Now – so what? The fact is, there IS INDEED a large world of Torah that is influenced by the likes of Rav JB Solovietchik, Rav Kook, and in our time Rav Aharon Lichtenstein and Rav Yehuda Amital and Rav Yisrael Meir Lau, and… So what’s the problem? We all teach Torah as we learn it. Since my approach to Torah, as learned from my teachers, requires a broad education and involvement for the sake of contributing to an ever developing society, that is the Torah that I introduce to those who I have a chance to do so. DK and I once had an argument on this elsewhere. The fact that my kehillah includes physicians, engineers, rocket scientists, etc. is normative as far as I am concerned. That being the case, we also teach that as normative to others. We just don’t claim that Torah is monolithic or there is only one norm.

    What surprises me is how often the objections are raised, but we don’t turn to the legitimate alternatives.

  40. Bob Miller
    February 3rd, 2009 @ 8:37 am

    At this late date, I don’t see the value of pointing to the number of professionals, including scientists and engineers of various types, who inhabit our Orthodox congregations. Today their presence is not limited to MO shuls, as many Beyond BT readers can confirm.

    Obviously, kiruv groups need to prepare themselves to answer the questions posed by potential and present BT’s with as much accuracy and in as much depth as possible. Superficiality and dismissiveness won’t cut it.

  41. yy
    February 3rd, 2009 @ 9:37 am

    Chevreh, you’re avoiding the heart of Peleg’s cry:

    “too many of us have sold out, under tremendous pressure, to the mainstream and lost the most valuable parts of ourselves (…)We’ve become the enemy.”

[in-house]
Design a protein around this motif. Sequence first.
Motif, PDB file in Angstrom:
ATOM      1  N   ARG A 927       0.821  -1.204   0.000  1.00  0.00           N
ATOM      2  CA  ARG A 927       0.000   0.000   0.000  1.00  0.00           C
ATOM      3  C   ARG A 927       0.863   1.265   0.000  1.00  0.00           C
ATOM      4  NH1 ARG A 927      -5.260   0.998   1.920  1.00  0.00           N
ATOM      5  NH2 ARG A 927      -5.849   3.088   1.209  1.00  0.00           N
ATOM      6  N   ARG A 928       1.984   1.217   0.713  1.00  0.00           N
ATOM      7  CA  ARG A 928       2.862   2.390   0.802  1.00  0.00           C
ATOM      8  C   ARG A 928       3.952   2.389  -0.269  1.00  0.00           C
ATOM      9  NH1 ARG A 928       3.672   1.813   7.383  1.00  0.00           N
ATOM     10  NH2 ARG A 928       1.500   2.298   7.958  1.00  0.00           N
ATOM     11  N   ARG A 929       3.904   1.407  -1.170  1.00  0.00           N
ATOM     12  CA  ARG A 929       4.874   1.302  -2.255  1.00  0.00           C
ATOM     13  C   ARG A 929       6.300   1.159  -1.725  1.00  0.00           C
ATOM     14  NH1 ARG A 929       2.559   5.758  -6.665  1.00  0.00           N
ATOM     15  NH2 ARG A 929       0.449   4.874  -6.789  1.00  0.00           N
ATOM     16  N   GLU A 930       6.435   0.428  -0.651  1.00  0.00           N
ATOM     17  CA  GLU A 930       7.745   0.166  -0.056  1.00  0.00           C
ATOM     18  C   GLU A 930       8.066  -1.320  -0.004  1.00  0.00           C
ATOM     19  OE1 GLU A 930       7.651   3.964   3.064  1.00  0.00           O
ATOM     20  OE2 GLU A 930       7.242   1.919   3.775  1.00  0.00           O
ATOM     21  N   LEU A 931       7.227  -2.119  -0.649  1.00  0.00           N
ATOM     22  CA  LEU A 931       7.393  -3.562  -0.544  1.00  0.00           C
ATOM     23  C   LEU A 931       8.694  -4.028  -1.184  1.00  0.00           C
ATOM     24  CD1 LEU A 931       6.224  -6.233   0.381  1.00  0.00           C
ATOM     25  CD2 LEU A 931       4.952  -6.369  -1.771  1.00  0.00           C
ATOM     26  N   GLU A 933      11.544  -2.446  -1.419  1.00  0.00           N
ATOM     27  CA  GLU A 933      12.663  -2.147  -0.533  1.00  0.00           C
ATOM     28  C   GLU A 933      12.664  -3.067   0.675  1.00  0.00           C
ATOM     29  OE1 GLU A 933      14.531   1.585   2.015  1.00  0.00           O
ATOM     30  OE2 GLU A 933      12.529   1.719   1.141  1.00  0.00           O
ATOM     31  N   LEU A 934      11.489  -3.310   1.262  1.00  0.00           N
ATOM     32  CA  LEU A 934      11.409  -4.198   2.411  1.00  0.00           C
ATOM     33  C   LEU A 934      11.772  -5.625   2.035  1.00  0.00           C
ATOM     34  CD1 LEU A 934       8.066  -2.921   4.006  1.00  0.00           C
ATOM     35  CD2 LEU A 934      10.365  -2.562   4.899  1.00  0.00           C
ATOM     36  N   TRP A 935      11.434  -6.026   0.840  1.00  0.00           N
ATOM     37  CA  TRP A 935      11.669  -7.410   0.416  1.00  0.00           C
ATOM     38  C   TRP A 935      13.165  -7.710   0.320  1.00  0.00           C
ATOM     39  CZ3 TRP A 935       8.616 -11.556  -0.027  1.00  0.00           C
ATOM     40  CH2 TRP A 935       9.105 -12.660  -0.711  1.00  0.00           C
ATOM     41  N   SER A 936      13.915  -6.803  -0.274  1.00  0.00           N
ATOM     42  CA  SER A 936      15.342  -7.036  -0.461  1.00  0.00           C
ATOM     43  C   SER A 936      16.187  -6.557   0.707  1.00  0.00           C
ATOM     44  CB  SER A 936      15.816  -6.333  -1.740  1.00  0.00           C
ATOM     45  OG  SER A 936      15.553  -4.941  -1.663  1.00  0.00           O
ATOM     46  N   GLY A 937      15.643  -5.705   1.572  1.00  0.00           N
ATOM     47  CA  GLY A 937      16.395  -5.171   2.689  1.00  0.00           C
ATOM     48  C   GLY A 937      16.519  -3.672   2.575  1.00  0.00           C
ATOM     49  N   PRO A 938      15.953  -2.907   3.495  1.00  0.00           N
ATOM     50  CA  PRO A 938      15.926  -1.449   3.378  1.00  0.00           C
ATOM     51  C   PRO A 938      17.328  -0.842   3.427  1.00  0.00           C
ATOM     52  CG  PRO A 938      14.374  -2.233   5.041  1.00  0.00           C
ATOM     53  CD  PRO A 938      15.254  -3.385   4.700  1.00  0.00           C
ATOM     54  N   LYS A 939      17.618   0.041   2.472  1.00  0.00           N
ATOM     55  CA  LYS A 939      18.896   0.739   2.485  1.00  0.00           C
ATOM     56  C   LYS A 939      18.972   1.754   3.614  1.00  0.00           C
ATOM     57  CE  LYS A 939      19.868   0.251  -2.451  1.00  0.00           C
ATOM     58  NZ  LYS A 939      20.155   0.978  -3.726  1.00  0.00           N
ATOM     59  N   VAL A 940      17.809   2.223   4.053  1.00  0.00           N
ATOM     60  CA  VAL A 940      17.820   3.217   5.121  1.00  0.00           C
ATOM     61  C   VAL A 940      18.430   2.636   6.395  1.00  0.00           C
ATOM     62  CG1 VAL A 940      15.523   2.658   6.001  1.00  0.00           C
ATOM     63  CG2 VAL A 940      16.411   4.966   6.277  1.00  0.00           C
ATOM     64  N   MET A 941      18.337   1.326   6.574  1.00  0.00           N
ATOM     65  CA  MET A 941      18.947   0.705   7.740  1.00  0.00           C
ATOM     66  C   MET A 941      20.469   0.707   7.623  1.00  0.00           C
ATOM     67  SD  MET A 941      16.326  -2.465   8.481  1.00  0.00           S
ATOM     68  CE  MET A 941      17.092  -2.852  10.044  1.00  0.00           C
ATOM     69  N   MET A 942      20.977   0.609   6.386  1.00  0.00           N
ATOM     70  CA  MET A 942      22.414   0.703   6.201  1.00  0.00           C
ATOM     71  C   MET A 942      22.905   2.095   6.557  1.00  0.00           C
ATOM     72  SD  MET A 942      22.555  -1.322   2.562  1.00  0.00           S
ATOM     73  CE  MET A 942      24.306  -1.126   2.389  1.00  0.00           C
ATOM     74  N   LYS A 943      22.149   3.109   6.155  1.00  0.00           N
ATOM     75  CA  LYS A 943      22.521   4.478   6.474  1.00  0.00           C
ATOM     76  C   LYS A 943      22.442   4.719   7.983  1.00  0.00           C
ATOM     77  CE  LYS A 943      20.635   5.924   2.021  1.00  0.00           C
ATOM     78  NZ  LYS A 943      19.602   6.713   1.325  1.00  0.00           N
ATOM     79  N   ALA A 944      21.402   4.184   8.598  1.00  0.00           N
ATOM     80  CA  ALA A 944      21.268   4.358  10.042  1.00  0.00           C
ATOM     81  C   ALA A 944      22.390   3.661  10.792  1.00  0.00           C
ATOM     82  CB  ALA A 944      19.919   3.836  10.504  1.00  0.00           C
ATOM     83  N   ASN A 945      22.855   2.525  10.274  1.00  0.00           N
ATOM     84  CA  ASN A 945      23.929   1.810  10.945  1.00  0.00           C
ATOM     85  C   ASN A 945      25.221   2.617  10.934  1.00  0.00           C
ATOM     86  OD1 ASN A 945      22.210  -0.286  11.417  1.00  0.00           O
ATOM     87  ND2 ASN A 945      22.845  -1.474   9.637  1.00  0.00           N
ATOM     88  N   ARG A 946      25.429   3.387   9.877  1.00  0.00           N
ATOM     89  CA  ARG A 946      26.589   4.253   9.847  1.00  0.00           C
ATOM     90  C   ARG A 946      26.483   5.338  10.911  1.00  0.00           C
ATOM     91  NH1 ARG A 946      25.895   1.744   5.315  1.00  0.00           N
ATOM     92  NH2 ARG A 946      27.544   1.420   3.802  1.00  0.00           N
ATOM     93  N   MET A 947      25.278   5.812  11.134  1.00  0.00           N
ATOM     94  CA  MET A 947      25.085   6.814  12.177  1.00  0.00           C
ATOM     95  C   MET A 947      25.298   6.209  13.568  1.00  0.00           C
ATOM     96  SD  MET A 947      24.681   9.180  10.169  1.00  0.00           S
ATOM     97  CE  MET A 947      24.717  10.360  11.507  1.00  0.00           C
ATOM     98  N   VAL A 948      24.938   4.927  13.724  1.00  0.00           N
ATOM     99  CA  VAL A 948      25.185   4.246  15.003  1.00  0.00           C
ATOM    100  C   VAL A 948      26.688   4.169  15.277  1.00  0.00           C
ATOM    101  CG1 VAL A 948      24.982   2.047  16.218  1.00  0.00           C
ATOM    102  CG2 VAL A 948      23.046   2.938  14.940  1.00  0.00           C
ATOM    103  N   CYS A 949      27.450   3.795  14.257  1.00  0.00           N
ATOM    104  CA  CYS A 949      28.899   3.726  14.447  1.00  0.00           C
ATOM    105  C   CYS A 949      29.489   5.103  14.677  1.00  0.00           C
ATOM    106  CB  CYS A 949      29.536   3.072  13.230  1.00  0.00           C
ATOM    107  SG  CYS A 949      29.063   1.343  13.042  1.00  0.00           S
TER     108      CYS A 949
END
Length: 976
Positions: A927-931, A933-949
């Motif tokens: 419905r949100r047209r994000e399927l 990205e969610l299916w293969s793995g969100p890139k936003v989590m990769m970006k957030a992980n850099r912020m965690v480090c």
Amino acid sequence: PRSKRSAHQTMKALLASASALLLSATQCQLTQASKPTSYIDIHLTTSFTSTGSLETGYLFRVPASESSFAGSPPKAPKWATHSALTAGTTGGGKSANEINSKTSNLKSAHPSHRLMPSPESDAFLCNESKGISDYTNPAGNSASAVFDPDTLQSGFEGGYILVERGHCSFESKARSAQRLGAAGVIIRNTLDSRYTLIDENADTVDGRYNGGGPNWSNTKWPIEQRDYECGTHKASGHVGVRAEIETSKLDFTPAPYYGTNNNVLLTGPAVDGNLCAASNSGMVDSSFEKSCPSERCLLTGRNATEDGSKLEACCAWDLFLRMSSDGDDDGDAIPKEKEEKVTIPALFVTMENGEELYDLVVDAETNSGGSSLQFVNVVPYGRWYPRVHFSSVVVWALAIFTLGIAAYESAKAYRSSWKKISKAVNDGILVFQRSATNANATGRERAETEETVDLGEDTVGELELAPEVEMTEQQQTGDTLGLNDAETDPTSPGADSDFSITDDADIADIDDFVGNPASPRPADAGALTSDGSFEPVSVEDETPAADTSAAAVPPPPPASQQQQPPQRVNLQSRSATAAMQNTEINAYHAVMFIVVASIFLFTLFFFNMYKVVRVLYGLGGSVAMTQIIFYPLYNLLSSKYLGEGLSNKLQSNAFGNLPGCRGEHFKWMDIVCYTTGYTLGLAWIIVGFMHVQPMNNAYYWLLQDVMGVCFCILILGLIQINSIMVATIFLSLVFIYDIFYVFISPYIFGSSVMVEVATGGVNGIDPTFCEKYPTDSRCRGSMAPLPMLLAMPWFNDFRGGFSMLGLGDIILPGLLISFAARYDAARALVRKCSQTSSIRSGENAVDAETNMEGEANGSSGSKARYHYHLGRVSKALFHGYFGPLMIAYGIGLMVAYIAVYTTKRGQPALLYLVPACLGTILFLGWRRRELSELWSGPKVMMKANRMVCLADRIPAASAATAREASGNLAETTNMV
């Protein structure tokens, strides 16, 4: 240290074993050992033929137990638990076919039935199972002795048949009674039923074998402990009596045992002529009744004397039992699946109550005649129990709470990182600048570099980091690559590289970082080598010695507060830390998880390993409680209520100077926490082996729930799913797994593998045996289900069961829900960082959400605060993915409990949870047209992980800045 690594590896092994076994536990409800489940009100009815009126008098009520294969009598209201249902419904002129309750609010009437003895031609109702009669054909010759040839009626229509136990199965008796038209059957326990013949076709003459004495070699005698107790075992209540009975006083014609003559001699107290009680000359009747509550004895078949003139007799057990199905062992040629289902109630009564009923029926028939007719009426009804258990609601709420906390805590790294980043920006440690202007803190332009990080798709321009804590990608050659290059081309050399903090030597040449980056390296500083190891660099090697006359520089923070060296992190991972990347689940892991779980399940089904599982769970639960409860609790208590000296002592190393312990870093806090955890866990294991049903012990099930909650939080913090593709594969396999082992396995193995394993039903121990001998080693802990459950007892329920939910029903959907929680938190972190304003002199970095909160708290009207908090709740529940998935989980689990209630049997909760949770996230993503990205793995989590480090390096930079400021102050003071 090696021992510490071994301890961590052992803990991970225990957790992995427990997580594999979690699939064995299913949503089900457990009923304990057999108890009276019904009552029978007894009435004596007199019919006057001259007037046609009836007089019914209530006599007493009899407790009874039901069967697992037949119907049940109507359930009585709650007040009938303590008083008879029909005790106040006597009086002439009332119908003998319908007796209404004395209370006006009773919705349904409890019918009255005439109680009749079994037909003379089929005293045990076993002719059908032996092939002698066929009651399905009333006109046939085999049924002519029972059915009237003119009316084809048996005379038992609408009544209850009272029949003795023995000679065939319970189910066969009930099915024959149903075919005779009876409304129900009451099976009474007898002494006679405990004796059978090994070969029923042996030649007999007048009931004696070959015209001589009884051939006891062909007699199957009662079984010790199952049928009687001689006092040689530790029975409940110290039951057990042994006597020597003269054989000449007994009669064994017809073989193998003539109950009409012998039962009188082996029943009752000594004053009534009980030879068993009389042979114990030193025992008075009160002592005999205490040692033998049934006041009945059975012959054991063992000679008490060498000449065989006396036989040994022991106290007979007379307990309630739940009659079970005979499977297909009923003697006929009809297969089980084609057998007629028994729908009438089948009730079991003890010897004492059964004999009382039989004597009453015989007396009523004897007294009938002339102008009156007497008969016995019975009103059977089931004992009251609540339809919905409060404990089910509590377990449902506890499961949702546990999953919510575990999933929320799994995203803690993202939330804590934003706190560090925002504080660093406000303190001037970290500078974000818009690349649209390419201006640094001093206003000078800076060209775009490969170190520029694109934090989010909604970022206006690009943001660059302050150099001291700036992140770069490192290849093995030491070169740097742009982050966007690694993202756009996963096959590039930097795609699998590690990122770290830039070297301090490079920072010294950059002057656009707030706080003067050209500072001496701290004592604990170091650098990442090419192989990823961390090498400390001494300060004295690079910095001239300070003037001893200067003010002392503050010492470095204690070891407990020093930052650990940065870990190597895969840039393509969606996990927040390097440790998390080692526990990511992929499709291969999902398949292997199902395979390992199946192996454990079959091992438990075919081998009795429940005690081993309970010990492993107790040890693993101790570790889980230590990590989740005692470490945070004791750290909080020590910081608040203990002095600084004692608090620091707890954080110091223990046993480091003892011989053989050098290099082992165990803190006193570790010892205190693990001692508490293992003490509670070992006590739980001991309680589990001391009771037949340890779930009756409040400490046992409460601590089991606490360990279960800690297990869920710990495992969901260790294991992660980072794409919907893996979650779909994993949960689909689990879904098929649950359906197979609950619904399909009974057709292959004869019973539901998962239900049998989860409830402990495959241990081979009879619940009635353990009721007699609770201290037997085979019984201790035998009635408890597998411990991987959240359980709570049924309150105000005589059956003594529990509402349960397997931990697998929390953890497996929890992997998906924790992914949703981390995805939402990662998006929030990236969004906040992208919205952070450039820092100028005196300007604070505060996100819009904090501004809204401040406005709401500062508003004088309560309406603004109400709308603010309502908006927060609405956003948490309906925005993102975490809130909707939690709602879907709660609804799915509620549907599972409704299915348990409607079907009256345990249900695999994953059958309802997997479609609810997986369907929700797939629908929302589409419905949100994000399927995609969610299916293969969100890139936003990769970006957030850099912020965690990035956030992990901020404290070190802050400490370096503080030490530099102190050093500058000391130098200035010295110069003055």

Why is it whenever someone comes onto a thread with a profound sense of betrayal, let down and the such, the tendency is to snap back asap to the sterile pshat that this complaint is “hardly unique”??

    Comeon now. There is REAL pain here. He’s absolutley right about the sense of emotional rape in hearing a “Torah Leader” blame all the ills on the outside!

    A little EMOTIONAL validation, please.

  42. Bob Miller
    February 3rd, 2009 @ 5:53 pm

    I don’t deny his pain, but I don’t agree with his points overall, either.

  43. yy
    February 4th, 2009 @ 3:31 am

    Not denying and not VALIDATING are worlds apart. I understand your hesitancy, Bob, if you find his overall message problematic. Still, I would think that a format like this is meant, among others, for a certain brotherhood in sharing our misfit experiences.

    This is undoubtedly a big one.

    Personally I don’t think we’ve become the enemy, as he’s describing it, but I do believe there is a common tendency for disdain and dismissal of “outsider” sensitivities that is somewhere CRIMINAL in the way it clobbers the raw Neshama of many BTs.

    We’ve had to give up so much, certainly in terms of belonging. So when we hear this “THAT kind of thinking or value is not apart of us,” as opposed to soberly and lovingly EDUCATING for what is, it can make us snap.

    This must be understood and repented over if our generation is going to make any more serious inroads into kiruv; those falling OFF the derech being a most obvious case in point.

  44. Peleg Strauss
    February 4th, 2009 @ 3:09 pm

    Toby Katz said: “As long as large and dominant swaths of the BT world are connected to sects of Orthodoxy that view rejection of inconvenient science, history, and technology with contempt and suspicion, there will not be a serious BT movement.”

    I think that is a serious problem for a lot of people. Torah seems to require one to deny the plain facts in front of one’s eyes. If one is seeking a better way of living, of thinking, and one of them tells you that you either gotta become skilled at double-thinking or denying the facts, most people would flatly reject that system because of its obvious intellectual dishonesty. How does one resolve, for example, the conflicting claims that the earth is either 5,700 years old or 4.5 billion years old? These numbers are 6 orders of magnitude apart (one is a million times larger than the other).